Select Page

Progress vs perfection

It was a black electric guitar, the obvious choice for this conservative, shy, 11-year-old Texas girl.

His name was Sonny and clearly, he was going for the 80’s hair band look. When I mentioned that I wanted to play the guitar like Amy Grant, he didn’t even try to hide the fact that he had no earthly idea who I was talking about. But guitar teachers were scarce in my small town, so Sonny and I met every Wednesday at 6pm at the music shop in the mall, right across from Chick-fil-A.

I had pretty low guitar playing goals. I just wanted to be able to play along to my favorite songs like “El Shaddai”, “Baby Baby” and every song on the Lead Me On album.

Sonny was an expert. He knew how to play the guitar and I wanted to…play the guitar. This was going to be a match made on the stairway to heaven.

I figured I just needed to learn a few chords and I’d be good to go, but Sonny insisted I practice the Diatonic scale, the Pentatonic scale and five different blues riffs.

He went on and on about fingering and hammer pulls and blah, blah, blah.

I lasted about six months. Okay, three.

A few years later, my friend Becca came back from college on summer break with stories, songs, and a guitar in her car.

She’d only been playing for a few months. She wasn’t an expert. But I asked her to come over to teach me something anyway.

She taught me how to strum and play three chords – G, C and D.

Suddenly, the heavens opened and I could play along with every single song ever written in the history of the world. In the world of guitar playing, this is only a slight exaggeration. I have yet to meet a song I can’t play with those three chords.

In an hour, I learned everything I never learned from Sonny.

Those guitar lessons taught me that there will always be people who want me to do all. the. things. The things that are important to them. The perfect things. The best things. The expert-y people things.


But you don’t need to know everything to accomplish your one thing. And sometimes, the “exact way” is the surest way to do nothing at all, because the overwhelm of perfection can kill our passion.

So as you work on all your New Year’s Resolutions or your One Word or whatever sort of goals or ungoals you have for 2015, remember that you don’t need to do all. the. things. You only need to do the next thing.

Sometimes we turn child’s play into rocket science. We think that our first step needs to be our final step.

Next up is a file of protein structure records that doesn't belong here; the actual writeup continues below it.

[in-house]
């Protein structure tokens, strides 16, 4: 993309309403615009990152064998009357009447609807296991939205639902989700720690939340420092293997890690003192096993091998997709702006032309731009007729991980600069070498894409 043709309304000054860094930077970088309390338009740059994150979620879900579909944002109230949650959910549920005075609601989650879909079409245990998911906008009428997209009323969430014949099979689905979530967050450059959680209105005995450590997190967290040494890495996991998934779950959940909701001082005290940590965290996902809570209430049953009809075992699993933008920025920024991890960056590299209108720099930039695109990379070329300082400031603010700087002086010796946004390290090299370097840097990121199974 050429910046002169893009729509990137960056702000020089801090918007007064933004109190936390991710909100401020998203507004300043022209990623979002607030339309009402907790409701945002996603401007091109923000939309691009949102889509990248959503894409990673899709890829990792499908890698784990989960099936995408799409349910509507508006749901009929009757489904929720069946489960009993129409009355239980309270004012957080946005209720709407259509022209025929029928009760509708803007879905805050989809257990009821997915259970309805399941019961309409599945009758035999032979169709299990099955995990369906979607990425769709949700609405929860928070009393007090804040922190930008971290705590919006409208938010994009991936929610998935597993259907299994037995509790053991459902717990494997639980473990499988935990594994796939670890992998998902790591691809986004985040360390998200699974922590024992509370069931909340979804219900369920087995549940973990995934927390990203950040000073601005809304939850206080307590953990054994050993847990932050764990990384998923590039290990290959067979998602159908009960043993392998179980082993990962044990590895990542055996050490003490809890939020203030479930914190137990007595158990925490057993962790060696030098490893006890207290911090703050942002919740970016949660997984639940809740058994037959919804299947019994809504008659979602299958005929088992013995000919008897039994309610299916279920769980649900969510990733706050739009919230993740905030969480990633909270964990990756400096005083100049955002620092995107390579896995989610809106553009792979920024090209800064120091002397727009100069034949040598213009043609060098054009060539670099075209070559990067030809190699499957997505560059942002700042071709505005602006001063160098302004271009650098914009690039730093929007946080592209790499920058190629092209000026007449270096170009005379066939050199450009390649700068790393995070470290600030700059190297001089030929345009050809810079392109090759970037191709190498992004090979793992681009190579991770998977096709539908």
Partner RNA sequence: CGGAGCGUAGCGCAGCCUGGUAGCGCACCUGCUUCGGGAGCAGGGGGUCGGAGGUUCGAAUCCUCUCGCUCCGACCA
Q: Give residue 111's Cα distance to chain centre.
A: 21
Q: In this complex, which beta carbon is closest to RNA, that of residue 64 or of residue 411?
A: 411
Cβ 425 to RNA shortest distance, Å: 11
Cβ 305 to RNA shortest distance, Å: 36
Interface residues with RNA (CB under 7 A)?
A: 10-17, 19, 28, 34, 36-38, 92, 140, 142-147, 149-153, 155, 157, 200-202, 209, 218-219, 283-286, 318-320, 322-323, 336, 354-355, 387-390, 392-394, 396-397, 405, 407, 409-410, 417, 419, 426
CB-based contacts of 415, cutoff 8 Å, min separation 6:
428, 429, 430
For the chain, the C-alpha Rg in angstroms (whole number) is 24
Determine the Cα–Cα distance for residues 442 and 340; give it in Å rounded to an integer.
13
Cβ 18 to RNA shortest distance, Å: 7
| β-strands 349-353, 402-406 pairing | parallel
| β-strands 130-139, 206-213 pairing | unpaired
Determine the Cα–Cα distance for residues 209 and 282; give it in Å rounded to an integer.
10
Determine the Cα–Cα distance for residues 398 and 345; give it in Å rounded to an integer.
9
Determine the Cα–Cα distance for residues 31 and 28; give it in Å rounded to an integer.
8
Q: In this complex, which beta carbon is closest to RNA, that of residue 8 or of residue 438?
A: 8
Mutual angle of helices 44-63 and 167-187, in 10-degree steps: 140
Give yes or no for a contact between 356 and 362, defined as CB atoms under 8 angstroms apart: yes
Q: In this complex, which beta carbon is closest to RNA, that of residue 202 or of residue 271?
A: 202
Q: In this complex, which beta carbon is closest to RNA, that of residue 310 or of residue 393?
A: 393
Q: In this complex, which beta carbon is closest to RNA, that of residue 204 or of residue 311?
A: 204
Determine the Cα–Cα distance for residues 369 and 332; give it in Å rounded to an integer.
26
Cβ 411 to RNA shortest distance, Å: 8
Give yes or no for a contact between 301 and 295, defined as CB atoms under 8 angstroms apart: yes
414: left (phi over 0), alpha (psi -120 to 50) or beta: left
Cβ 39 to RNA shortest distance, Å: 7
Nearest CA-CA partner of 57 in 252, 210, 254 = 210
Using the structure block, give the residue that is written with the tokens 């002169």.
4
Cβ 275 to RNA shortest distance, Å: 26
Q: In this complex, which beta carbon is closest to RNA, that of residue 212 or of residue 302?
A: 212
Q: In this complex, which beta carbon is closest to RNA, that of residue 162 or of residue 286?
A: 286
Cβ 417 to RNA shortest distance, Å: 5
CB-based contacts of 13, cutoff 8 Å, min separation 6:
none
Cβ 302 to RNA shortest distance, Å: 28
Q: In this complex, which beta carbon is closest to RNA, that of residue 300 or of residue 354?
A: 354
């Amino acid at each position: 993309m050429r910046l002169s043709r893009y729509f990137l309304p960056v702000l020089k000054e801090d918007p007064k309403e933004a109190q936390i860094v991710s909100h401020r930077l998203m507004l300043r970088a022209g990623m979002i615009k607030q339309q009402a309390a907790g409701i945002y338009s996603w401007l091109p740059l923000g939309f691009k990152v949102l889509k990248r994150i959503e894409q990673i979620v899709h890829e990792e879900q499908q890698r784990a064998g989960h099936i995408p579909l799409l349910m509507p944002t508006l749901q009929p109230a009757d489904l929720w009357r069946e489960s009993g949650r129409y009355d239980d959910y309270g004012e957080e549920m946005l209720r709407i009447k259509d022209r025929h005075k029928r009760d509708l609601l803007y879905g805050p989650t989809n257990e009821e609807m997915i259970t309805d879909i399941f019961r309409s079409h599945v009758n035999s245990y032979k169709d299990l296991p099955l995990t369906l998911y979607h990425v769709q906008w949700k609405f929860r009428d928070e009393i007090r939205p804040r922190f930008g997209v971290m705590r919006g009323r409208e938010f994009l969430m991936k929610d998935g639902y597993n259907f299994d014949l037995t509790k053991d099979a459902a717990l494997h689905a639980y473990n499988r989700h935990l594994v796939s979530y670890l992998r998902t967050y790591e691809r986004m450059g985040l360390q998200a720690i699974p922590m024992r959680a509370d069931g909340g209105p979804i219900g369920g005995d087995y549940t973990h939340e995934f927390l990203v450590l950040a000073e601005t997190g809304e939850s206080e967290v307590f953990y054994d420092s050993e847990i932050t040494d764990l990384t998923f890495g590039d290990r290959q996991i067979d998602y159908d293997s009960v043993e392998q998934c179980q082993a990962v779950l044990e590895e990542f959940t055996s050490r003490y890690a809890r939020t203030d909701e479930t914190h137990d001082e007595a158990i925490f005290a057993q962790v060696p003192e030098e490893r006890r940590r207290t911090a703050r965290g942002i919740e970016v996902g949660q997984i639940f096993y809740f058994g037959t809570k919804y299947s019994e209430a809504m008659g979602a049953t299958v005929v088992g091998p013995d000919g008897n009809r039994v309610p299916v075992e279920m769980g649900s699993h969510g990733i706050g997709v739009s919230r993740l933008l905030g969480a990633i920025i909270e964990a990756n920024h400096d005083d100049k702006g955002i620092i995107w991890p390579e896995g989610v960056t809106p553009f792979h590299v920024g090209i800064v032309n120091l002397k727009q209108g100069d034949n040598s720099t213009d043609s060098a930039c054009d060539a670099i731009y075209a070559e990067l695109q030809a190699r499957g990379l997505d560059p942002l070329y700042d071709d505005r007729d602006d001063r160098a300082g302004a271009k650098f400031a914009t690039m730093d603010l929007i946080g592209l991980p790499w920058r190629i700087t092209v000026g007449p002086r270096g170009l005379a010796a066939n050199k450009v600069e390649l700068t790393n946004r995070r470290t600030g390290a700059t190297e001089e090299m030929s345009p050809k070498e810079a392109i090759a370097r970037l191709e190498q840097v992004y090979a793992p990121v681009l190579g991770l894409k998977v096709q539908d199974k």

Relax. Find a friend who is just a bit ahead and take the next step. Progress is the real road to perfection.

Reading Time:

2 minutes





  1. Jenn

    I needed this reminder today. Thank you.

    • Kat

      I’m so glad it encouraged you Jenn!

  2. Lisa Z

    Oh my gosh, I needed this lesson today! I wish I had learned this at a young age, and that it would really sink deep into my bones. In mid-life, I’m trying….but perfectionism still rears its ugly head too often. And yes! To learning just three chords and being able to play almost every song! That is so awesome.

    • Kat

      I’m with you, I wish I’d learned this when I was younger too. But as they say, better late than never!

  3. Sharon

    I love this. We live by this-I wish more people would. In fact, one of my goals for my children is for them to follow their interests. Unfortunately, it is tough to find a mentor who doesn’t push perfection. My daughter is dying to learn how to fiddle (much like you with the guitar), but every teacher so far wants her to learn classical violin and proper form first. We are still trying. We found terrific teachers for drums, gymnastics and dance but we are still on the hunt for a mentor for fiddling. 🙂 Thank you for this reminder to aim for progress!

  4. Jess Townes

    This is great. I also play both the ukulele and the banjo in a similar manner. A handful of chords and I can play all the songs! My husband plays these intruments with growth in mind. He learned to claw hammer, and to finger pick in a variety of patterns. He practices every single day and continues to grow. It is inspiring to watch, and I apply what I learn from watching it to the areas of my life that I want to experience that kind of growth in. It’s just that for me, that area is not the ukulele. There, and in lots of other areas, I just need a few chords.

    Thanks for sharing!

  5. Luke Plant